James Barnacle

James Barnacle

James Barnacle

James Barnacle, 2022 intake Crick doctoral clinical fellow, Robert Wilkinson’s lab

I studied medicine at Cardiff University where I spent a student selected module investigating ageing pathways in progeroid syndromes before intercalating in Global Health at King’s College London. I had developed an interest in infectious diseases following an elective in Sierra Leone. After my foundation training in London and New Zealand, I completed the Diploma of Tropical Medicine and Hygiene in Liverpool and spent a year working in Lilongwe, Malawi.

My experience here so far has surpassed my expectations and I have found it an incredibly inspiring and supportive atmosphere.

I came back to North-West London as an Infectious Diseases trainee and consolidated an interest in tuberculosis working in Ealing and Northwick Park Hospitals, which serve areas with some of the highest rates of tuberculosis in Western Europe.

Tuberculosis remains the leading infectious cause of death worldwide and its most severe form, tuberculous meningitis, carries an unacceptable mortality even with gold standard treatment in part because of a dysregulated immune response. The Imperial College London project proposed by my primary supervisor, Robert Wilkinson, to use single-cell transcriptomics to better understand this immune response, was the perfect opportunity to develop basic science knowledge that could be translated into improved patient outcomes in the future.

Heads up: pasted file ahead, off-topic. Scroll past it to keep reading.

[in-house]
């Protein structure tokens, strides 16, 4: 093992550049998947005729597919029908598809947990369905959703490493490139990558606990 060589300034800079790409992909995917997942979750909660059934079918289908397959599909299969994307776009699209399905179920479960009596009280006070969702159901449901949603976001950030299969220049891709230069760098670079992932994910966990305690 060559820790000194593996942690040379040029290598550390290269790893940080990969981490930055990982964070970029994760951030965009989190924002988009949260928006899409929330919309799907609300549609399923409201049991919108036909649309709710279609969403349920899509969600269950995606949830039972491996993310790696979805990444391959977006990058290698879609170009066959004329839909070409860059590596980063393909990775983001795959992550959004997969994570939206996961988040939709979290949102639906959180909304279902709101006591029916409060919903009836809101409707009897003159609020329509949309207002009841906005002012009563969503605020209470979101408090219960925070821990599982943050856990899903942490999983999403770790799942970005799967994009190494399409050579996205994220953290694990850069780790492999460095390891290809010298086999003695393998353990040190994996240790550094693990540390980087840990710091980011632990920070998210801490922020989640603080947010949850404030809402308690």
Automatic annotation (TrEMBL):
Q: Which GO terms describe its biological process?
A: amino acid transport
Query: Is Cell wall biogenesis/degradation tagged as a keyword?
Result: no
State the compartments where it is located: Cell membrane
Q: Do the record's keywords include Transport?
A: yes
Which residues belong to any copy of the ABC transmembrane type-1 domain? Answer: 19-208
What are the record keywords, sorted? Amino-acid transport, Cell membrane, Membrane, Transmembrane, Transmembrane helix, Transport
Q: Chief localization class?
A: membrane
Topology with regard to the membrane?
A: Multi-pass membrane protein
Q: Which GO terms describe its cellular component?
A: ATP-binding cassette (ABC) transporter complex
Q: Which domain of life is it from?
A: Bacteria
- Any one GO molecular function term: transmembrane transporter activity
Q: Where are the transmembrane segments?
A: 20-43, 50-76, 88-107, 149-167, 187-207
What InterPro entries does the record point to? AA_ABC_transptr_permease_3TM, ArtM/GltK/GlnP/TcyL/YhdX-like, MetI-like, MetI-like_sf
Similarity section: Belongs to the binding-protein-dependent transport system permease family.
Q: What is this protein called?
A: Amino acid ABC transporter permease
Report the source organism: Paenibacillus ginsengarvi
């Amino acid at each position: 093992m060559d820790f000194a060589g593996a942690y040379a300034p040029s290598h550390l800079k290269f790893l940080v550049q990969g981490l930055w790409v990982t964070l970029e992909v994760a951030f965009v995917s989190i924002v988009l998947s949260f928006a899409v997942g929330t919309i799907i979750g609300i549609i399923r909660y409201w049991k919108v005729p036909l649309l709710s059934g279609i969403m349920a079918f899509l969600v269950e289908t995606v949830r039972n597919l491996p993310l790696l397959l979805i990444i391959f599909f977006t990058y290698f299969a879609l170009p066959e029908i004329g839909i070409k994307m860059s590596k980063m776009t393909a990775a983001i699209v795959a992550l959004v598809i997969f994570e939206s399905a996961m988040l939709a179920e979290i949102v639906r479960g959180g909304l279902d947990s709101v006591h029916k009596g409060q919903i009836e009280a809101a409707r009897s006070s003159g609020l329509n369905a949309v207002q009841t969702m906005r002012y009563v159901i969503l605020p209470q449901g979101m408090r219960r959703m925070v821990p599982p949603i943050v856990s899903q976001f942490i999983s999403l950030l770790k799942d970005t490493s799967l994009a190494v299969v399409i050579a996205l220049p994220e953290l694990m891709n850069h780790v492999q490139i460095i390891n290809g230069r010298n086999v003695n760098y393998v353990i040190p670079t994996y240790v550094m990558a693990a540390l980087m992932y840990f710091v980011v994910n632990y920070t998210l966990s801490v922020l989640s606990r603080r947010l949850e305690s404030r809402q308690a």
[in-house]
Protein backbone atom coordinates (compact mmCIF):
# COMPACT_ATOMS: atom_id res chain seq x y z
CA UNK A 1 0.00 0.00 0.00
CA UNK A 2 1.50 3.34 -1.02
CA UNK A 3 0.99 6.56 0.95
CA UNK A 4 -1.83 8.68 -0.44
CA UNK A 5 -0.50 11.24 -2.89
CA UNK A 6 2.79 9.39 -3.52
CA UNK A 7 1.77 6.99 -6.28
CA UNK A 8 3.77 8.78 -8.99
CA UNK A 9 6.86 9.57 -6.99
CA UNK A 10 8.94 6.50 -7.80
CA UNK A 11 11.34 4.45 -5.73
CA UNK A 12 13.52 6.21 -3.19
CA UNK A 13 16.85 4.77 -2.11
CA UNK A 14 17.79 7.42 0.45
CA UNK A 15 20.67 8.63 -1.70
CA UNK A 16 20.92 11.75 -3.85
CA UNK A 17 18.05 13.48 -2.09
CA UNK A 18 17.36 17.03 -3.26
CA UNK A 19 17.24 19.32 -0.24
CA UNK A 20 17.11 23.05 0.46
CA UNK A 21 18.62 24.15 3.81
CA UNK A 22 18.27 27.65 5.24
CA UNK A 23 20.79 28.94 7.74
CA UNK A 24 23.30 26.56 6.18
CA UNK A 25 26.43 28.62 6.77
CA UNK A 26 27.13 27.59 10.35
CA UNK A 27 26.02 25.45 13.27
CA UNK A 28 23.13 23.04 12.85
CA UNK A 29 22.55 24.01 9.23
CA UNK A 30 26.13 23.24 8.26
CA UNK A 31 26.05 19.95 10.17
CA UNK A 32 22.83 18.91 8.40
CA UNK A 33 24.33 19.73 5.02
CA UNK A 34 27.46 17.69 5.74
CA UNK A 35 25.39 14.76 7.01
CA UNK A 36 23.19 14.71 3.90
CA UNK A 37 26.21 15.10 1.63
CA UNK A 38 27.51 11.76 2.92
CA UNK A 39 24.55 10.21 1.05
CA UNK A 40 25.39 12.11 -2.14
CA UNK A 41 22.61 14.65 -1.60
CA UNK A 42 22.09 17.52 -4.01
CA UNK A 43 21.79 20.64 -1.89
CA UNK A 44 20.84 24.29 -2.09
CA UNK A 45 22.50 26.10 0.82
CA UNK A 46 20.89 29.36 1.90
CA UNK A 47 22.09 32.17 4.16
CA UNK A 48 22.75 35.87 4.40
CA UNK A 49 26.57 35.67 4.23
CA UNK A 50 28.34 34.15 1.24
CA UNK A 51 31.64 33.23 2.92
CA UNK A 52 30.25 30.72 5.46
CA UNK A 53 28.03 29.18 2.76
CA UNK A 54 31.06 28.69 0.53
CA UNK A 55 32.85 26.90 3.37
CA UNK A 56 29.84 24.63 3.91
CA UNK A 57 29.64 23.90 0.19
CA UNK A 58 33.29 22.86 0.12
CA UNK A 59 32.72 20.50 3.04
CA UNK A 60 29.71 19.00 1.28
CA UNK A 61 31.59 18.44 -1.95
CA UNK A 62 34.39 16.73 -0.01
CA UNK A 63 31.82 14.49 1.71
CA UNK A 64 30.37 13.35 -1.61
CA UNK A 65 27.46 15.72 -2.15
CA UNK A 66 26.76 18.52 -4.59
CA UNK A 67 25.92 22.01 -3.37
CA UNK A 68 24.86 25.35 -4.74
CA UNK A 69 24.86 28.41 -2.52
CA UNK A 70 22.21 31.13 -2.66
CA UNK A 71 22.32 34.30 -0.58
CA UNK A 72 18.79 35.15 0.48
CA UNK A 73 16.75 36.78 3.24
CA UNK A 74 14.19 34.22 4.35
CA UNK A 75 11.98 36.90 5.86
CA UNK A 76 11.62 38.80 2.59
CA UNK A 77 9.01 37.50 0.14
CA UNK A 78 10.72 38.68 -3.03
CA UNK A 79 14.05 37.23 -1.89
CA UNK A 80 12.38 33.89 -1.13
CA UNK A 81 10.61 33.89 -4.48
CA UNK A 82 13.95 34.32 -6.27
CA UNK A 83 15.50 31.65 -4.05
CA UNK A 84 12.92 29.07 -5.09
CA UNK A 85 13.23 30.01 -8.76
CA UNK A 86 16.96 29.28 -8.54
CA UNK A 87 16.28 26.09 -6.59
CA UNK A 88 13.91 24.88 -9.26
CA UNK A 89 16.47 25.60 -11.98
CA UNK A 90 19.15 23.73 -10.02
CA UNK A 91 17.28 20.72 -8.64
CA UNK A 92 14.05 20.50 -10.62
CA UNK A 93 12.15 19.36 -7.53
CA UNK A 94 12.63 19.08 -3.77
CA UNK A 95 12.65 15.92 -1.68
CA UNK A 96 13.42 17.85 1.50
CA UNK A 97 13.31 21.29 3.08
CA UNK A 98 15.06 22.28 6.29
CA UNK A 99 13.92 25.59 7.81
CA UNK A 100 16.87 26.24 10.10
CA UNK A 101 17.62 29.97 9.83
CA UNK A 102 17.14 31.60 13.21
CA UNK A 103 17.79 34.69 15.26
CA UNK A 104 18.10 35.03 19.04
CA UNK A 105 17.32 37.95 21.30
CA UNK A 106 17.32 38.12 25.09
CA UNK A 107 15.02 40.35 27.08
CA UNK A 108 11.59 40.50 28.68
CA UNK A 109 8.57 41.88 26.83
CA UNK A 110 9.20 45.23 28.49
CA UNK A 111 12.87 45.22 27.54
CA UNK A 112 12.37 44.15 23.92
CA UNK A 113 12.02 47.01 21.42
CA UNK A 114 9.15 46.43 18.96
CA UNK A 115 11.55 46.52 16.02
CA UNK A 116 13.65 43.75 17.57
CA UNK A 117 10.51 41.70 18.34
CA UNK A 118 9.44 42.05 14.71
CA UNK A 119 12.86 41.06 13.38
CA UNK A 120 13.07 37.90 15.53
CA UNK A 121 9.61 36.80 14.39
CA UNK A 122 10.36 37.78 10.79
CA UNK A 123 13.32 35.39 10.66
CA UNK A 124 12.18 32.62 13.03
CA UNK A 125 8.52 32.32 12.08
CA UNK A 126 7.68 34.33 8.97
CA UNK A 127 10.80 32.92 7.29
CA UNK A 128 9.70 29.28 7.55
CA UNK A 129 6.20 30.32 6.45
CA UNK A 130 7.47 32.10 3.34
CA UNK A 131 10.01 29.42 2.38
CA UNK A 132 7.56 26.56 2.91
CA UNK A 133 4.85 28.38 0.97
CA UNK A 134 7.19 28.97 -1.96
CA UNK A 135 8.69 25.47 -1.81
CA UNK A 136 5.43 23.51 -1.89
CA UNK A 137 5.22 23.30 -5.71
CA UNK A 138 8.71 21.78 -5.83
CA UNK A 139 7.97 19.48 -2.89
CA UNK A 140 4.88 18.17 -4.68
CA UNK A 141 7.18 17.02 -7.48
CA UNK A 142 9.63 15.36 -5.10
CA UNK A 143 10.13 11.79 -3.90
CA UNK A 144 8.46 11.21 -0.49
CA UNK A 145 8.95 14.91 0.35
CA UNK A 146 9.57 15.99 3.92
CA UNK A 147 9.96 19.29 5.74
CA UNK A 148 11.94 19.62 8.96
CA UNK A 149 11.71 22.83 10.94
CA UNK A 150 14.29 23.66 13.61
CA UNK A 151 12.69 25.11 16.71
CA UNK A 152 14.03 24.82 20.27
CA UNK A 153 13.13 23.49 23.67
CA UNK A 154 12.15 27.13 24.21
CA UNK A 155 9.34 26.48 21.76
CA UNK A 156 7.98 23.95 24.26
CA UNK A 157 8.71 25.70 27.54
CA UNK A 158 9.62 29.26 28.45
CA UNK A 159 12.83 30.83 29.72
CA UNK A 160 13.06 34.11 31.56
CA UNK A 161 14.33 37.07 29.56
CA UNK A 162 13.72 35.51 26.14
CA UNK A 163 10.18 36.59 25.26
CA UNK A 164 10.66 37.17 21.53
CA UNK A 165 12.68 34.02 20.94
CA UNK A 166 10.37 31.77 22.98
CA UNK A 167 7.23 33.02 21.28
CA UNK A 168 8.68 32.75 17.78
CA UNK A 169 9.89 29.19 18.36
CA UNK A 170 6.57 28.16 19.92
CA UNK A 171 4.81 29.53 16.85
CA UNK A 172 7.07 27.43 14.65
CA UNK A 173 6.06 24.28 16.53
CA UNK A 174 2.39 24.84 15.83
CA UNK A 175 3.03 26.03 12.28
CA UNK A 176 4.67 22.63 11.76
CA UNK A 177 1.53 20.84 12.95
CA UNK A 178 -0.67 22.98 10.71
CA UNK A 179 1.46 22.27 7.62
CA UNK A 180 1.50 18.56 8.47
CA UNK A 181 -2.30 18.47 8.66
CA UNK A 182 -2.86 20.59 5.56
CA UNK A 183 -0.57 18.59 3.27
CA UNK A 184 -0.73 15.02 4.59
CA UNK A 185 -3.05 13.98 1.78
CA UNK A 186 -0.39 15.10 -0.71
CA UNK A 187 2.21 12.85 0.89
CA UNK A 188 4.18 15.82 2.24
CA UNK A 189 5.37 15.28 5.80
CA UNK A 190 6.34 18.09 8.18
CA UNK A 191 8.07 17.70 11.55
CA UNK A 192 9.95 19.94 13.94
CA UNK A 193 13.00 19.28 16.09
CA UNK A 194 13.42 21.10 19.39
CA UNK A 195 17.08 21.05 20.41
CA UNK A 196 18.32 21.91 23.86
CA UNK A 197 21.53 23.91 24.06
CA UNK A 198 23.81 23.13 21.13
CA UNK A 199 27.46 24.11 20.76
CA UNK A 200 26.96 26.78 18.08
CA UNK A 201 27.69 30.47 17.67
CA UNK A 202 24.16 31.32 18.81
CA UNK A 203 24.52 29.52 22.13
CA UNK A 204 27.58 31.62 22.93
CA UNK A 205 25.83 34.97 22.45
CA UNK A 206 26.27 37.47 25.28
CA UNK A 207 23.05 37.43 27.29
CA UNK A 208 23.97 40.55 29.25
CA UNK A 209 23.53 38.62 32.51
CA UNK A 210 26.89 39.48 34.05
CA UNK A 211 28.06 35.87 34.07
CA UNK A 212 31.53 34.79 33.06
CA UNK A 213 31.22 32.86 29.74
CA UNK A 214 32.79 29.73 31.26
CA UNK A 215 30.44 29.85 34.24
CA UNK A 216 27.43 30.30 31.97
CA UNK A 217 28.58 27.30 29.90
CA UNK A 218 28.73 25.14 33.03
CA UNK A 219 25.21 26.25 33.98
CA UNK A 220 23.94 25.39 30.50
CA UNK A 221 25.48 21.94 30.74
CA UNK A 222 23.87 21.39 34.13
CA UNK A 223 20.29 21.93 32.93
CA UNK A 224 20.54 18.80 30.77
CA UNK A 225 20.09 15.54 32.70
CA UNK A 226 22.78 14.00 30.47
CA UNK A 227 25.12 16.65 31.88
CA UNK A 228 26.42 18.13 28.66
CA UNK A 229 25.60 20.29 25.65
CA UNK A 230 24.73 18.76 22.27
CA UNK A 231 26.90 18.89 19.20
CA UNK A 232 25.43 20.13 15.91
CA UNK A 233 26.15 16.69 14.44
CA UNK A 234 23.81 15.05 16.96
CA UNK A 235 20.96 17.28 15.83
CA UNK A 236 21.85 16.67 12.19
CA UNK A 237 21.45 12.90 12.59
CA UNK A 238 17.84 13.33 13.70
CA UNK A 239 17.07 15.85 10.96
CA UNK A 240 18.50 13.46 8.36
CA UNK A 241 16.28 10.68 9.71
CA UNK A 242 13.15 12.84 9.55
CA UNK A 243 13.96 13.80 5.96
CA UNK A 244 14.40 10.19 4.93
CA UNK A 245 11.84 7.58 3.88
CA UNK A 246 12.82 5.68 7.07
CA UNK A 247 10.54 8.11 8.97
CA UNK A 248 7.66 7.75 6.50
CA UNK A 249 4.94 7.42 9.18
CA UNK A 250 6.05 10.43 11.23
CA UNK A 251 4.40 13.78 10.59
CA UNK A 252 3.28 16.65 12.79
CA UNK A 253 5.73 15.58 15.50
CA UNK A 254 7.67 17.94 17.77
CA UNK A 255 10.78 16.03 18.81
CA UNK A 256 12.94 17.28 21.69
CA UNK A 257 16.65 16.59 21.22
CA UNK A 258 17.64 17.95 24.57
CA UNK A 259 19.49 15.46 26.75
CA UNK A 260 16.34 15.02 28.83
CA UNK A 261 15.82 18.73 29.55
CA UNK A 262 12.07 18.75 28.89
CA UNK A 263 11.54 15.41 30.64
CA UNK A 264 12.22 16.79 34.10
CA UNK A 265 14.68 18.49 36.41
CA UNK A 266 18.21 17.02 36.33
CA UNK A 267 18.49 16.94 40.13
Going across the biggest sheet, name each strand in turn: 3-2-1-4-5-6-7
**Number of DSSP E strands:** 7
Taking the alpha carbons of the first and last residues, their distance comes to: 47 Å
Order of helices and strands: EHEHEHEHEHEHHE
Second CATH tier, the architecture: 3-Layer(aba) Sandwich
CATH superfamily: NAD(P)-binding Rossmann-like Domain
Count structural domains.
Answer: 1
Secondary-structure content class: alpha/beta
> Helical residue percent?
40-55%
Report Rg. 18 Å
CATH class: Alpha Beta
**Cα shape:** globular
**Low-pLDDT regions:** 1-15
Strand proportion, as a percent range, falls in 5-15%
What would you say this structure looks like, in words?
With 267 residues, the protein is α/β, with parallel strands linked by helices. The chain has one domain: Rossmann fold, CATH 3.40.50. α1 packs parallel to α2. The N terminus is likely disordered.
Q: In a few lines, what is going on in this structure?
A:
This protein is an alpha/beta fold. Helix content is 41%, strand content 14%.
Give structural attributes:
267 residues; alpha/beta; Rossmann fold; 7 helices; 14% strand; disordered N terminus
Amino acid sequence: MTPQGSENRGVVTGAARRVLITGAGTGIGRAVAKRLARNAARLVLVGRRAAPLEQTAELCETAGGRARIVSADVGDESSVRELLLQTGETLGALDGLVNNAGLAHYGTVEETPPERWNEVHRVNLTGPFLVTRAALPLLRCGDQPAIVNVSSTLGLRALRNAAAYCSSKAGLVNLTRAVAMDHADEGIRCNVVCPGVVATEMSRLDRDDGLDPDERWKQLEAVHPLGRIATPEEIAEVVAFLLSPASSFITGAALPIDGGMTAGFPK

As well as the project, the doctoral clinical fellowship at the Crick appealed to me because of the integrated funding and the unparalleled Crick facilities. My experience here so far has surpassed my expectations and I have found it an incredibly inspiring and supportive atmosphere.

My initial focus in the Wilkinson lab is using single-cell RNA sequencing of CSF samples to understand the immune signature in tuberculous meningitis and correlates of severity. It has been a steep learning curve involving training in cell handling, molecular techniques, sequencing, data analysis and higher containment level biosafety, supported by the science technology platforms and group colleagues.

I hope that the transferable skills I gain in the burgeoning fields of transcriptomics and genomics will equip me for a future career as a clinical academic, and that I will be able to translate our growing understanding of our immune response to tuberculosis into adjunctive therapies.